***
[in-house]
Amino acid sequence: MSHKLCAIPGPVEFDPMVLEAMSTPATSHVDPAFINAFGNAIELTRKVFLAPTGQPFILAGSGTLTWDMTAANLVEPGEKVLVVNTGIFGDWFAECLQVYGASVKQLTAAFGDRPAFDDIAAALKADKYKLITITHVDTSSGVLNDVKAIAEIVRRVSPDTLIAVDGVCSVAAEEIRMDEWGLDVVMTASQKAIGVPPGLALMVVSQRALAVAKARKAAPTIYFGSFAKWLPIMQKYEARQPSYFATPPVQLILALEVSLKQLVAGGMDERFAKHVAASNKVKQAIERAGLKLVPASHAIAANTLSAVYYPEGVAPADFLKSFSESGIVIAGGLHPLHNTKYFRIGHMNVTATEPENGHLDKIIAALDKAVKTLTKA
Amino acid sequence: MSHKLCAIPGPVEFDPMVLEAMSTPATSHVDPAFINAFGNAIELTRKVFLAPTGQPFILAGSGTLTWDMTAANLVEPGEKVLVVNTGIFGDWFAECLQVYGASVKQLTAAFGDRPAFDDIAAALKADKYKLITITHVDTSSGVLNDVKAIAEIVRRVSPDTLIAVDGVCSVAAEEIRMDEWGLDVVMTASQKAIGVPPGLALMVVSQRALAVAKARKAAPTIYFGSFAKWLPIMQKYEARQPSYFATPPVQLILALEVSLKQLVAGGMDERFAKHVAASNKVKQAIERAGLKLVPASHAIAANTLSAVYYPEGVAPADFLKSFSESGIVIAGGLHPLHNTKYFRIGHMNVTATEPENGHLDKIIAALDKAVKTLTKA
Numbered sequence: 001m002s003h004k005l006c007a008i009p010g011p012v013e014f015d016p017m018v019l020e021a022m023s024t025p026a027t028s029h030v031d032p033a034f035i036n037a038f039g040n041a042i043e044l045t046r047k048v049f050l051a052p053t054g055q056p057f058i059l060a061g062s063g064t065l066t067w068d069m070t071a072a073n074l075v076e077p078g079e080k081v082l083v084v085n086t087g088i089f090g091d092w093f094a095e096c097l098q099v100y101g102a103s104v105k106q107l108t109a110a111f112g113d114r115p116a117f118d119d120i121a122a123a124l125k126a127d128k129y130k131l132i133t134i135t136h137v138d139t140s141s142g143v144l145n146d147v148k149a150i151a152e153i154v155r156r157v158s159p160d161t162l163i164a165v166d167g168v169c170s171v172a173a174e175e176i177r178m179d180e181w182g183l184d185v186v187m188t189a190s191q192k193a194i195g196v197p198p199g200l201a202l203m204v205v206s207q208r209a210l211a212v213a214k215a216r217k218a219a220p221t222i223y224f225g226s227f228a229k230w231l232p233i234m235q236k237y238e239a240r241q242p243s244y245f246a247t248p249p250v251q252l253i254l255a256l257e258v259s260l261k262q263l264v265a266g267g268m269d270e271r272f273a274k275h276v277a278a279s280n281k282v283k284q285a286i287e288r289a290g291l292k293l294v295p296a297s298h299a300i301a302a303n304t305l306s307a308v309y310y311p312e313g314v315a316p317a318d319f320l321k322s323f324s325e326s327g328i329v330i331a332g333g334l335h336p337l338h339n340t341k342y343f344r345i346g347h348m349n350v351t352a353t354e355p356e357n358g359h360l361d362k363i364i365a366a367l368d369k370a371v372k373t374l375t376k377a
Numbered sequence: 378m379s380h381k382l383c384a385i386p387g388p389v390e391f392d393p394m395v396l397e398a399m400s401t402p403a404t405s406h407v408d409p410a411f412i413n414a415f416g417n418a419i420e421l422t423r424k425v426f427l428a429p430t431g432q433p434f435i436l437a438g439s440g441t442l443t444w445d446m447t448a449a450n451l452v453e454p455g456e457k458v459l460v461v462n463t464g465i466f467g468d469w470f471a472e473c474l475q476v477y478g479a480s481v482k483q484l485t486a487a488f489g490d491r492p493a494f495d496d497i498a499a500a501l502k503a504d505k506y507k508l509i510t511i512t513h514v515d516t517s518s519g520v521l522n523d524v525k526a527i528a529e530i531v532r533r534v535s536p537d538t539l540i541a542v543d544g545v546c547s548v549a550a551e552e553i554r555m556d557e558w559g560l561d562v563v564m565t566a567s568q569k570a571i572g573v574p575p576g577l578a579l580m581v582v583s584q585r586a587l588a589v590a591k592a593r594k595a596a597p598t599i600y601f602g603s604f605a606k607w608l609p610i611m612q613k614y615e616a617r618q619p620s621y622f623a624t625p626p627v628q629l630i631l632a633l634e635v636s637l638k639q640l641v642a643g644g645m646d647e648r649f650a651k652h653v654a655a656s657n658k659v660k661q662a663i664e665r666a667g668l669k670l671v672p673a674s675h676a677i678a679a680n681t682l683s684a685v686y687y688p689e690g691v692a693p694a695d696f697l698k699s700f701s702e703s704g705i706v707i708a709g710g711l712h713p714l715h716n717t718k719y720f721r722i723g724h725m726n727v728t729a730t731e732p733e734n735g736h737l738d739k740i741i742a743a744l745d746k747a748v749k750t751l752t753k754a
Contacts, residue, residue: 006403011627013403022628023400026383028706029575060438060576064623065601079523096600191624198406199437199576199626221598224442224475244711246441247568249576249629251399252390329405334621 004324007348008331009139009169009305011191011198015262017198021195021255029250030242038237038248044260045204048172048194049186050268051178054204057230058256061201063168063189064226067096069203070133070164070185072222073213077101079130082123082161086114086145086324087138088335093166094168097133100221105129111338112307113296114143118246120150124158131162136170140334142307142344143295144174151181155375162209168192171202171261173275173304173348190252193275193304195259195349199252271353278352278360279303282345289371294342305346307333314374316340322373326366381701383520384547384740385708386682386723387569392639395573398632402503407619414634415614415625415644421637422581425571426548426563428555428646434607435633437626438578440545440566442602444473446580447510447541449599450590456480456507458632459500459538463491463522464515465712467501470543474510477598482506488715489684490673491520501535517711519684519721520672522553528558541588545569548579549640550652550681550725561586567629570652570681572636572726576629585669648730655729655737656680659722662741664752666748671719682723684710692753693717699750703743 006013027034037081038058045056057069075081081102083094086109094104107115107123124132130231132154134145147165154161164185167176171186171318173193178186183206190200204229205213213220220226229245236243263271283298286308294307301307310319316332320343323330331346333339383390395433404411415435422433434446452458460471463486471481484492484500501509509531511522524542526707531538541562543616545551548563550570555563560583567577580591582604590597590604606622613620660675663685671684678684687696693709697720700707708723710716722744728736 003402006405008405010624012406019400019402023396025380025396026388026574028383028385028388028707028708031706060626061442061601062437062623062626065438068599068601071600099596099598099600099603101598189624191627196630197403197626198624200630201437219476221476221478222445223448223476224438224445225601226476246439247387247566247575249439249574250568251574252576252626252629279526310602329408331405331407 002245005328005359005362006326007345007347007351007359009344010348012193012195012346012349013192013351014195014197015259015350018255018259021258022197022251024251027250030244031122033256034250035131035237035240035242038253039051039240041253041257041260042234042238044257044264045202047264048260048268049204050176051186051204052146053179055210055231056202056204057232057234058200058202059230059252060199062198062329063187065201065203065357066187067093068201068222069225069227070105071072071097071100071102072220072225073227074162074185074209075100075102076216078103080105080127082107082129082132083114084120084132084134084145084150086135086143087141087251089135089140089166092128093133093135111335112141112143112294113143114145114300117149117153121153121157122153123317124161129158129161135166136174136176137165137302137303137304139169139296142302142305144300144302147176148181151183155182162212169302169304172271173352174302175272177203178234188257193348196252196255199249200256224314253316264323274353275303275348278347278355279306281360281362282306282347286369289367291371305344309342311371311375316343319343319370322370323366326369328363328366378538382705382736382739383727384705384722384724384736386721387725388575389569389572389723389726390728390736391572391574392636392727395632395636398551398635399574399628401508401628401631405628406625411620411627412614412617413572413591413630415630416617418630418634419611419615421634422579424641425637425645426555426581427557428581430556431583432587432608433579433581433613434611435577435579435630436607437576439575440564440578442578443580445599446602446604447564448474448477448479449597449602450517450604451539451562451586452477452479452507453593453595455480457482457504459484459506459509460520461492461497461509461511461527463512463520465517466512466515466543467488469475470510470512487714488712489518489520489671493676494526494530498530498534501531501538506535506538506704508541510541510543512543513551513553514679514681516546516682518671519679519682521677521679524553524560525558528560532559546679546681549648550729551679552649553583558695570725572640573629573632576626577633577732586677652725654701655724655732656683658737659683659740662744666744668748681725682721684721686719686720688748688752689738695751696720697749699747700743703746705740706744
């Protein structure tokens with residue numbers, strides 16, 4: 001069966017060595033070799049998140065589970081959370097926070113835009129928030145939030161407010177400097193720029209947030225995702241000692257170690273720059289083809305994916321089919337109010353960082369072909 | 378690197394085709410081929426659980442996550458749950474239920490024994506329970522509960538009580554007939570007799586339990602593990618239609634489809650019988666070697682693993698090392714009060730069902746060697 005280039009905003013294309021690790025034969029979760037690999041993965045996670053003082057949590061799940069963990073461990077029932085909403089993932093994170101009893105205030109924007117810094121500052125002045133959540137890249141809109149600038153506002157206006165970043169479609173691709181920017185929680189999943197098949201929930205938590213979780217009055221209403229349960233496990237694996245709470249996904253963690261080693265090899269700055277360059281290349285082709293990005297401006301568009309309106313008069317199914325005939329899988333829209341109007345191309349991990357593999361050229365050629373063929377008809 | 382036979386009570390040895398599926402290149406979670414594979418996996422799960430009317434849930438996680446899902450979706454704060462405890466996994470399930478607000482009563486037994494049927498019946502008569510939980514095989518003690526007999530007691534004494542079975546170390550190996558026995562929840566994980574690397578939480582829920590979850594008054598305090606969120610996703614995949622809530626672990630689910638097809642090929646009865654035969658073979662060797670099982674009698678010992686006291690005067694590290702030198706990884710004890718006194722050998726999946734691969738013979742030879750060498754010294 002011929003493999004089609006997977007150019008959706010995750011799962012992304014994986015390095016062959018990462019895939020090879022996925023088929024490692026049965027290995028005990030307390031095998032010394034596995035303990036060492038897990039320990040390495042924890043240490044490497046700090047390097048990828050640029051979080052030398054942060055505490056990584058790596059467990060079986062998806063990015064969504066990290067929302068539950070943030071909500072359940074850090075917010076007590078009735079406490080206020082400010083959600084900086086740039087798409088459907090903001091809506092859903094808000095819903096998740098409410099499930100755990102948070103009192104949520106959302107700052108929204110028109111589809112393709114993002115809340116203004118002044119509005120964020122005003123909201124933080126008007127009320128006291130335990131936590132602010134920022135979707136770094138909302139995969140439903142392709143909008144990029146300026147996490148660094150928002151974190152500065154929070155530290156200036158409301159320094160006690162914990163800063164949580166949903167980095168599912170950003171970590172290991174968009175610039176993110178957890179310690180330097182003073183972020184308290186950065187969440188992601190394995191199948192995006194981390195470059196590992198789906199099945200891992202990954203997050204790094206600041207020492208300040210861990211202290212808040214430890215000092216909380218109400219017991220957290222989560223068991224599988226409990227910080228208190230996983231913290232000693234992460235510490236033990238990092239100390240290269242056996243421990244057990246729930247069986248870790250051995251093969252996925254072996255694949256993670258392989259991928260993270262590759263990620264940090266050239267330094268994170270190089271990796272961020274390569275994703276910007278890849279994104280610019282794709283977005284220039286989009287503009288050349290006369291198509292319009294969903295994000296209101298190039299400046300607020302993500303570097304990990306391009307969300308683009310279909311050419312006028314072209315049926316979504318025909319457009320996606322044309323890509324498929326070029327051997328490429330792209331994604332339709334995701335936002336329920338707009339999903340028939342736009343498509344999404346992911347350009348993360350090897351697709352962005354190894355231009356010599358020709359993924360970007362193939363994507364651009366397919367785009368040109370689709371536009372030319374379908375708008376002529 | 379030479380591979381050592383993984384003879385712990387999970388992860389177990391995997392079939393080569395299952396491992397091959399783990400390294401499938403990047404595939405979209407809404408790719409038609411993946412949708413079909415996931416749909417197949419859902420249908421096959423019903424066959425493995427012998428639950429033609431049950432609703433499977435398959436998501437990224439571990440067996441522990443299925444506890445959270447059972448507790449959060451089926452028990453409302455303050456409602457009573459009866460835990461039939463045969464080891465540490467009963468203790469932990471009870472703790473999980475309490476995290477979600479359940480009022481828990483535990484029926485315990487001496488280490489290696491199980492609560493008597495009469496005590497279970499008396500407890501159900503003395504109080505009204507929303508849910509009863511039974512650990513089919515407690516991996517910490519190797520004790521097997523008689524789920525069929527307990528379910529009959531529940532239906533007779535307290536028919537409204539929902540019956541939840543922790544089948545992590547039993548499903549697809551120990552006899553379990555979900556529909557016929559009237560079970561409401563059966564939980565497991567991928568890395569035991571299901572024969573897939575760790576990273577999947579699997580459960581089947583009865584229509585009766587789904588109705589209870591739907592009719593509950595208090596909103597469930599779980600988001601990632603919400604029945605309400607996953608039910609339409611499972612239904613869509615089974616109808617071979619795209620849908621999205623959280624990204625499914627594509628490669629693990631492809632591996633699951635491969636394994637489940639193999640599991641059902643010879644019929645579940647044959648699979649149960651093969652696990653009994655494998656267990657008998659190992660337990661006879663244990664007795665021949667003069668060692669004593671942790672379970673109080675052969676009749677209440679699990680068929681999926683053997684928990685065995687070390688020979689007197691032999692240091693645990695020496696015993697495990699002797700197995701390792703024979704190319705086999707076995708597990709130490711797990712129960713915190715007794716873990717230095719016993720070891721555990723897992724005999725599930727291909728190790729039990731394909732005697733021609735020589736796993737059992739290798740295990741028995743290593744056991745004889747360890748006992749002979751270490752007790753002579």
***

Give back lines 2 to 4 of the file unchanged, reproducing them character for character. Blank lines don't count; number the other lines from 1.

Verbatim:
Amino acid sequence: MSHKLCAIPGPVEFDPMVLEAMSTPATSHVDPAFINAFGNAIELTRKVFLAPTGQPFILAGSGTLTWDMTAANLVEPGEKVLVVNTGIFGDWFAECLQVYGASVKQLTAAFGDRPAFDDIAAALKADKYKLITITHVDTSSGVLNDVKAIAEIVRRVSPDTLIAVDGVCSVAAEEIRMDEWGLDVVMTASQKAIGVPPGLALMVVSQRALAVAKARKAAPTIYFGSFAKWLPIMQKYEARQPSYFATPPVQLILALEVSLKQLVAGGMDERFAKHVAASNKVKQAIERAGLKLVPASHAIAANTLSAVYYPEGVAPADFLKSFSESGIVIAGGLHPLHNTKYFRIGHMNVTATEPENGHLDKIIAALDKAVKTLTKA
Amino acid sequence: MSHKLCAIPGPVEFDPMVLEAMSTPATSHVDPAFINAFGNAIELTRKVFLAPTGQPFILAGSGTLTWDMTAANLVEPGEKVLVVNTGIFGDWFAECLQVYGASVKQLTAAFGDRPAFDDIAAALKADKYKLITITHVDTSSGVLNDVKAIAEIVRRVSPDTLIAVDGVCSVAAEEIRMDEWGLDVVMTASQKAIGVPPGLALMVVSQRALAVAKARKAAPTIYFGSFAKWLPIMQKYEARQPSYFATPPVQLILALEVSLKQLVAGGMDERFAKHVAASNKVKQAIERAGLKLVPASHAIAANTLSAVYYPEGVAPADFLKSFSESGIVIAGGLHPLHNTKYFRIGHMNVTATEPENGHLDKIIAALDKAVKTLTKA
Numbered sequence: 001m002s003h004k005l006c007a008i009p010g011p012v013e014f015d016p017m018v019l020e021a022m023s024t025p026a027t028s029h030v031d032p033a034f035i036n037a038f039g040n041a042i043e044l045t046r047k048v049f050l051a052p053t054g055q056p057f058i059l060a061g062s063g064t065l066t067w068d069m070t071a072a073n074l075v076e077p078g079e080k081v082l083v084v085n086t087g088i089f090g091d092w093f094a095e096c097l098q099v100y101g102a103s104v105k106q107l108t109a110a111f112g113d114r115p116a117f118d119d120i121a122a123a124l125k126a127d128k129y130k131l132i133t134i135t136h137v138d139t140s141s142g143v144l145n146d147v148k149a150i151a152e153i154v155r156r157v158s159p160d161t162l163i164a165v166d167g168v169c170s171v172a173a174e175e176i177r178m179d180e181w182g183l184d185v186v187m188t189a190s191q192k193a194i195g196v197p198p199g200l201a202l203m204v205v206s207q208r209a210l211a212v213a214k215a216r217k218a219a220p221t222i223y224f225g226s227f228a229k230w231l232p233i234m235q236k237y238e239a240r241q242p243s244y245f246a247t248p249p250v251q252l253i254l255a256l257e258v259s260l261k262q263l264v265a266g267g268m269d270e271r272f273a274k275h276v277a278a279s280n281k282v283k284q285a286i287e288r289a290g291l292k293l294v295p296a297s298h299a300i301a302a303n304t305l306s307a308v309y310y311p312e313g314v315a316p317a318d319f320l321k322s323f324s325e326s327g328i329v330i331a332g333g334l335h336p337l338h339n340t341k342y343f344r345i346g347h348m349n350v351t352a353t354e355p356e357n358g359h360l361d362k363i364i365a366a367l368d369k370a371v372k373t374l375t376k377a